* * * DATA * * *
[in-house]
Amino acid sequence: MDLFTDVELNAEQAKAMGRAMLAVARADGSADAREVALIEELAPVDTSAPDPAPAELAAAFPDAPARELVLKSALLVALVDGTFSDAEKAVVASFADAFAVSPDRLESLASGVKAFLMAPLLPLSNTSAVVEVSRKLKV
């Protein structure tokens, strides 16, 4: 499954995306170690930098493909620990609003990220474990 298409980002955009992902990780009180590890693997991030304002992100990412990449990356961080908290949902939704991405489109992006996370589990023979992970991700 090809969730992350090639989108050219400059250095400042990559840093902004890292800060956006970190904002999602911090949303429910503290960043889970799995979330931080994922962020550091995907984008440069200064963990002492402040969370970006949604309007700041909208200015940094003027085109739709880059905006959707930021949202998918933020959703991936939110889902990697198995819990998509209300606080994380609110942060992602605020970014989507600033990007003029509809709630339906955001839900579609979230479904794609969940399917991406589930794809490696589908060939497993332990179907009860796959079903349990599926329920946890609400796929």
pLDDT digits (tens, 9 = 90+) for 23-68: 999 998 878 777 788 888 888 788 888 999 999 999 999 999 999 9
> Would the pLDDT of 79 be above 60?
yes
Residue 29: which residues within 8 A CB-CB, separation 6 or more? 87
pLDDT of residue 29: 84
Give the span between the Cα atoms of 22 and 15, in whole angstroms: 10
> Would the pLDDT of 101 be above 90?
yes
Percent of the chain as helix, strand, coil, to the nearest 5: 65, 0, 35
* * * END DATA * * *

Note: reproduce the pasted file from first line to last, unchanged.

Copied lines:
[in-house]
Amino acid sequence: MDLFTDVELNAEQAKAMGRAMLAVARADGSADAREVALIEELAPVDTSAPDPAPAELAAAFPDAPARELVLKSALLVALVDGTFSDAEKAVVASFADAFAVSPDRLESLASGVKAFLMAPLLPLSNTSAVVEVSRKLKV
């Protein structure tokens, strides 16, 4: 499954995306170690930098493909620990609003990220474990 298409980002955009992902990780009180590890693997991030304002992100990412990449990356961080908290949902939704991405489109992006996370589990023979992970991700 090809969730992350090639989108050219400059250095400042990559840093902004890292800060956006970190904002999602911090949303429910503290960043889970799995979330931080994922962020550091995907984008440069200064963990002492402040969370970006949604309007700041909208200015940094003027085109739709880059905006959707930021949202998918933020959703991936939110889902990697198995819990998509209300606080994380609110942060992602605020970014989507600033990007003029509809709630339906955001839900579609979230479904794609969940399917991406589930794809490696589908060939497993332990179907009860796959079903349990599926329920946890609400796929």
pLDDT digits (tens, 9 = 90+) for 23-68: 999 998 878 777 788 888 888 788 888 999 999 999 999 999 999 9
> Would the pLDDT of 79 be above 60?
yes
Residue 29: which residues within 8 A CB-CB, separation 6 or more? 87
pLDDT of residue 29: 84
Give the span between the Cα atoms of 22 and 15, in whole angstroms: 10
> Would the pLDDT of 101 be above 90?
yes
Percent of the chain as helix, strand, coil, to the nearest 5: 65, 0, 35